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The seared Asian tuna is fresh and bright at the Grille. Photo by Lee Chastain.

On a fine, warm day in June, it’s hard to imagine a more pleasant setting for a friendly business luncheon than the bright, breezy patio of Del Frisco’s Grille. Located on the east side of Sundance Square’s shiny newish plaza in the heart of downtown, the outdoor oasis, replete with giant umbrellas casting long shadows and 10-inch thick cushions for comfy booth seating, seemed a world apart from the weekday bustle of the packed dining room. Bees foraged well-appointed planters. Children splashed in the nearby jet fountain. One anticipated the sophistication of iced tea.

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Del Frisco’s Grille

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154 E 3rd St, FW. 817-887-9900. 11am-3pm & 4-10pm Sun, 11am-11pm Mon-Sat. Reservations, all major credit cards accepted.

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The dressed-down younger sister of the upscale downtown steakhouse has everything you’d expect from such a highly regarded company: attentive and prompt service, well-executed dishes, and drinks made with care. But something about the grill seemed a little forced.

Maybe it’s over-conception. There’s a lot of fluff, beginning with the unnecessary “e” on “grill” and ending with an unexpected handshake from the server. The menu headings are ridiculous –– there’s no good reason to call appetizers “Food to Fight Over.” “Two-Fisted Sandwiches” and “Happy Endings” are unsettling if not blatantly suggestive. “Meat Up & Drink Up” is the recurring theme, plastered on the menus with all the desperation of an Applebee’s commercial. “Get social,” every menu yelps. “Do it our way, or do it yours. It’s up to you. Either way, just come in and dig in.”

The frenetic barking may be helpful for someone who hasn’t used a restaurant before, but for the rest of us, it’s distracting. The Del Frisco’s brand ought to be the only concept needed, particularly because the Grille delivers the two essentials: good food and good service.

And by “good” food, I mean really good.

The buffalo-style grit cake could serve at least three hungry diners without any violence. The three thick cakes were crisp and golden on the outside, creamy and decadent within. The accompanying tangy avocado ranch and buffalo sauce, along with generous crumbles of blue cheese, gave the unlikely candidate plenty of punch and sass.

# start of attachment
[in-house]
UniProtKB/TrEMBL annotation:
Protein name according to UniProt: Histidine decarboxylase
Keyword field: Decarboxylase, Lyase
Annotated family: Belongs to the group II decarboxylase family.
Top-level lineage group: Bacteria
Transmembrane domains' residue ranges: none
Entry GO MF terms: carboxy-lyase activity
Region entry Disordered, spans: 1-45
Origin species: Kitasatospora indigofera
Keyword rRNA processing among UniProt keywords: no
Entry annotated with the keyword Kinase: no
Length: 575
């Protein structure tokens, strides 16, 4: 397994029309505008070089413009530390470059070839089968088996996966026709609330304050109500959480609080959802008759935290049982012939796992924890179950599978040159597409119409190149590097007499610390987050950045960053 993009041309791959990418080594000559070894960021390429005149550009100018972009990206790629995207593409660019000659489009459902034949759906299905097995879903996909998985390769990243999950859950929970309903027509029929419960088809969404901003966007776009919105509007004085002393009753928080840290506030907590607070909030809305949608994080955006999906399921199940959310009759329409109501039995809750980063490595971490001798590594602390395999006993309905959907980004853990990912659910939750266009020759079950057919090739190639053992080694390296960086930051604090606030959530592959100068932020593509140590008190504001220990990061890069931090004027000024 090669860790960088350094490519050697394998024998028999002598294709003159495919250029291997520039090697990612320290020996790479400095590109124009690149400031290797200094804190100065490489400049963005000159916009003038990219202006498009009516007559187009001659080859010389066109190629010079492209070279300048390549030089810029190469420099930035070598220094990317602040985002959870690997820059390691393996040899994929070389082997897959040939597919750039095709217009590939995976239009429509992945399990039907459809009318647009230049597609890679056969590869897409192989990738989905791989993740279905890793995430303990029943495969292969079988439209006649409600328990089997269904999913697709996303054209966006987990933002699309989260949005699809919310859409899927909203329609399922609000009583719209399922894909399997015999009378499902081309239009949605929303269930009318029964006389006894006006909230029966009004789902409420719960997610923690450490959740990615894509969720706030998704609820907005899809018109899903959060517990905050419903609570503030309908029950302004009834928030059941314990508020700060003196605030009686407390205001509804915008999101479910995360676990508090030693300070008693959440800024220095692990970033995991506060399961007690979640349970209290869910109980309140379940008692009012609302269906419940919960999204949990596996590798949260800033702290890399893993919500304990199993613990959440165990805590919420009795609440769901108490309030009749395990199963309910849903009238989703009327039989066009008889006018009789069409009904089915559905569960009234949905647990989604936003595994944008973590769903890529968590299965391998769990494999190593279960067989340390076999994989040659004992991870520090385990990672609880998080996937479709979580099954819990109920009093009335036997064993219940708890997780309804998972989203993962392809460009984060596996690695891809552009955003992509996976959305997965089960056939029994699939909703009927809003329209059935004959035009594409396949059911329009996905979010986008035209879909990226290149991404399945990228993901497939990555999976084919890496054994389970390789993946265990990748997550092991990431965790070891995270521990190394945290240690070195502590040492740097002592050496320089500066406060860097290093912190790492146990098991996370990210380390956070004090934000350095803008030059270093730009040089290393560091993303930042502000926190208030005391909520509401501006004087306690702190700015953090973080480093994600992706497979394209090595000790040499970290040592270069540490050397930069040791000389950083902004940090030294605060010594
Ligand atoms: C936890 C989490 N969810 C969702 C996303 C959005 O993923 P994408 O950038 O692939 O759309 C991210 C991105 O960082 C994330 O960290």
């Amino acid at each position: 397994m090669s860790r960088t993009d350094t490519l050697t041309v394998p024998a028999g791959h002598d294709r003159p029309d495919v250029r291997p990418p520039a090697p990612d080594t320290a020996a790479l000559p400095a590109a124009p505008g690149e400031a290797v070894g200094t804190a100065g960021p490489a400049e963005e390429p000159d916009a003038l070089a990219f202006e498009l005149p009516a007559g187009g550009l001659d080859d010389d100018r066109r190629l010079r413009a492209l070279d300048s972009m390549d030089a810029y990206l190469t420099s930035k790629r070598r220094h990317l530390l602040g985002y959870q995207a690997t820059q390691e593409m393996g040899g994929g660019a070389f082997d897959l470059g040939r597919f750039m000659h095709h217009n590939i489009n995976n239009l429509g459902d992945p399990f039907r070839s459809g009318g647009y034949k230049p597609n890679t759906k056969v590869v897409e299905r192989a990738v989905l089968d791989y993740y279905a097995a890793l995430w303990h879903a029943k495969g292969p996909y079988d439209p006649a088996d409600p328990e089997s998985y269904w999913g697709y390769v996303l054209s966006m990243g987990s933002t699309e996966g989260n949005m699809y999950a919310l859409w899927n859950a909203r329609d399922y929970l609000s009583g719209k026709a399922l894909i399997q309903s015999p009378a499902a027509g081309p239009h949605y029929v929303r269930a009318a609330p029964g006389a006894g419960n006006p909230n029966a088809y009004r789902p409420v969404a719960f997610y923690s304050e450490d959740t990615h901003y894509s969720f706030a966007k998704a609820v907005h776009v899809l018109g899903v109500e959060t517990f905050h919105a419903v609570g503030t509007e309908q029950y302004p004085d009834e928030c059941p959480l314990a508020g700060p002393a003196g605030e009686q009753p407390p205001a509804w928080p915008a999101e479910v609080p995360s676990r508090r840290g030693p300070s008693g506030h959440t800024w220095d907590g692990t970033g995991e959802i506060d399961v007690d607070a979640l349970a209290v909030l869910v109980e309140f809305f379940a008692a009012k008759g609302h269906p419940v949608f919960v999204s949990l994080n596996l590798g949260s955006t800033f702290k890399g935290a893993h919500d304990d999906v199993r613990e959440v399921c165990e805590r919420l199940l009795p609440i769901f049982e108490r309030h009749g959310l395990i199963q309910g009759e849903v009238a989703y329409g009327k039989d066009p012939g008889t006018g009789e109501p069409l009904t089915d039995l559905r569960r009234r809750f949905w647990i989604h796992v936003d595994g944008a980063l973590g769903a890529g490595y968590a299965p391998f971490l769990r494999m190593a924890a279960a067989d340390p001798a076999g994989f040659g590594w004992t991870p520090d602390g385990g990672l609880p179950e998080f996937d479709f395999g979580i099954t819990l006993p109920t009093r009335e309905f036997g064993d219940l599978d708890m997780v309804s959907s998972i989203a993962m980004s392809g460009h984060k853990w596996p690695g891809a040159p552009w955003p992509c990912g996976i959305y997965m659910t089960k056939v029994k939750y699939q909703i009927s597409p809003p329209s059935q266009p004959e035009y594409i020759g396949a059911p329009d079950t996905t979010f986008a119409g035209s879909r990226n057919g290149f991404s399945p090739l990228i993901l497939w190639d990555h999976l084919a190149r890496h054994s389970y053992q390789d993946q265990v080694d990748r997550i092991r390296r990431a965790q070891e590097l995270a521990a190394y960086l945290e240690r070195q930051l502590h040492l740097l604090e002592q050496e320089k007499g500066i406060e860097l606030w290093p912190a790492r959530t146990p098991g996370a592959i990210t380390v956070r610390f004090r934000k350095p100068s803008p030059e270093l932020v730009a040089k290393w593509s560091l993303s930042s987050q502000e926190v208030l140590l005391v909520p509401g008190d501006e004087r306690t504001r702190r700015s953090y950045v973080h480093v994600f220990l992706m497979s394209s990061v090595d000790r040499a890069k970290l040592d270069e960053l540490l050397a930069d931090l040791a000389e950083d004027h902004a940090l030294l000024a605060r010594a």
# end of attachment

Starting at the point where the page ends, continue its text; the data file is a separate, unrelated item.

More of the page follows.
The seared Asian tuna salad was fresh and bright, and the kitchen didn’t skimp on the perfectly seared fish. At first, the ingredients seemed a bit excessive –– peanuts and almonds; arugula and cabbage; mango, avocado, and tomato –– but they worked nicely together. In the final analysis, the only thing this dish really didn’t need was the sad pile of cold noodles at the bottom of the plate.

The green chile cheeseburger was a triumph. Two thin patties doubled the flame-broiled taste and texture of beautiful beef, and they were a refreshing change from the super-thick burgers currently in vogue at many upscale burger shops. The New Mexican Hatch chile was unmistakably fragrant and warm, the bun was a domed marvel, and the bread-and-butter pickle chips were a thoughtful complement to the signature dish. Order with a side of sweet potato frites, and you’ll forgive yet another nomenclatural pretension: They are better than most sweet potato fries and may call themselves what they like.

The service was on the chummy side of competent. Lunch took 45 minutes from the moment my guest and I walked in the door, and the food came promptly. Our check was brought with our entrées. Our server assured us he was not rushing us but understood we might need to get back to the office. It’s exactly the kind of consideration you’d expect from any restaurant flying the Del Frisco’s flag. Though there is a decent wine and cocktail list (fans of Del Frisco’s Double-Eagle Steak House will recognize old friends like the “Adult Milk Shake” with Nocello), it was refreshing that our server didn’t push alcohol on a workday at noon.

Del Frisco’s Grille isn’t inexpensive, but when you consider the prime location and the quality of the product, it’s a good value and certainly deserves to be a regular treat. Too bad the corporate office doesn’t have the confidence to let the food and service stand on their own, without the kind of cutesy bric-a-brac better suited to an off-campus dive.

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